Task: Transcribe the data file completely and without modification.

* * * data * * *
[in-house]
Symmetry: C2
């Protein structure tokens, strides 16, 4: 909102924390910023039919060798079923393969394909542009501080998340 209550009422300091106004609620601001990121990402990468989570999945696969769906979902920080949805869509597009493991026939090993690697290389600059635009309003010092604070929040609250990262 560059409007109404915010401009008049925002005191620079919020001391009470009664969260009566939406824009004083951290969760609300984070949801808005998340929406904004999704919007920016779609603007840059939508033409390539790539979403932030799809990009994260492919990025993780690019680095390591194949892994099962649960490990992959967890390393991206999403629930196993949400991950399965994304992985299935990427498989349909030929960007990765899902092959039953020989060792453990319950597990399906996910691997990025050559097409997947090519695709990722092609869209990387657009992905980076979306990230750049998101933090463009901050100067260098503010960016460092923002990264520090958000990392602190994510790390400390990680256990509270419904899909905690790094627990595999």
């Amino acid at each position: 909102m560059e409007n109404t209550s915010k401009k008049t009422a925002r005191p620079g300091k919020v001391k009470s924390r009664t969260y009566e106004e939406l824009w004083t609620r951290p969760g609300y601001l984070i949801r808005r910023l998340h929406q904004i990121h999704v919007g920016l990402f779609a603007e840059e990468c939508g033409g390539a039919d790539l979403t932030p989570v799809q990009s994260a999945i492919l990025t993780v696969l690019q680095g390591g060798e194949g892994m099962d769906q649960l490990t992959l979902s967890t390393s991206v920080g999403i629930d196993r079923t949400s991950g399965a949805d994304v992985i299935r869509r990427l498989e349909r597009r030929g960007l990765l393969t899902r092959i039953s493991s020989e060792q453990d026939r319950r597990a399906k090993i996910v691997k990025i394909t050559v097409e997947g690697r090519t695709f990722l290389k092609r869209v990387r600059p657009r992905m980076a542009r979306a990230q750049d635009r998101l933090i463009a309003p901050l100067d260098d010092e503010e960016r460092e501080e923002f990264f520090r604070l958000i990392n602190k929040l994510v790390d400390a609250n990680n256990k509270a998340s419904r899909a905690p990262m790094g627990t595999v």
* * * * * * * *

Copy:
[in-house]
Symmetry: C2
């Protein structure tokens, strides 16, 4: 909102924390910023039919060798079923393969394909542009501080998340 209550009422300091106004609620601001990121990402990468989570999945696969769906979902920080949805869509597009493991026939090993690697290389600059635009309003010092604070929040609250990262 560059409007109404915010401009008049925002005191620079919020001391009470009664969260009566939406824009004083951290969760609300984070949801808005998340929406904004999704919007920016779609603007840059939508033409390539790539979403932030799809990009994260492919990025993780690019680095390591194949892994099962649960490990992959967890390393991206999403629930196993949400991950399965994304992985299935990427498989349909030929960007990765899902092959039953020989060792453990319950597990399906996910691997990025050559097409997947090519695709990722092609869209990387657009992905980076979306990230750049998101933090463009901050100067260098503010960016460092923002990264520090958000990392602190994510790390400390990680256990509270419904899909905690790094627990595999």
């Amino acid at each position: 909102m560059e409007n109404t209550s915010k401009k008049t009422a925002r005191p620079g300091k919020v001391k009470s924390r009664t969260y009566e106004e939406l824009w004083t609620r951290p969760g609300y601001l984070i949801r808005r910023l998340h929406q904004i990121h999704v919007g920016l990402f779609a603007e840059e990468c939508g033409g390539a039919d790539l979403t932030p989570v799809q990009s994260a999945i492919l990025t993780v696969l690019q680095g390591g060798e194949g892994m099962d769906q649960l490990t992959l979902s967890t390393s991206v920080g999403i629930d196993r079923t949400s991950g399965a949805d994304v992985i299935r869509r990427l498989e349909r597009r030929g960007l990765l393969t899902r092959i039953s493991s020989e060792q453990d026939r319950r597990a399906k090993i996910v691997k990025i394909t050559v097409e997947g690697r090519t695709f990722l290389k092609r869209v990387r600059p657009r992905m980076a542009r979306a990230q750049d635009r998101l933090i463009a309003p901050l100067d260098d010092e503010e960016r460092e501080e923002f990264f520090r604070l958000i990392n602190k929040l994510v790390d400390a609250n990680n256990k509270a998340s419904r899909a905690p990262m790094g627990t595999v």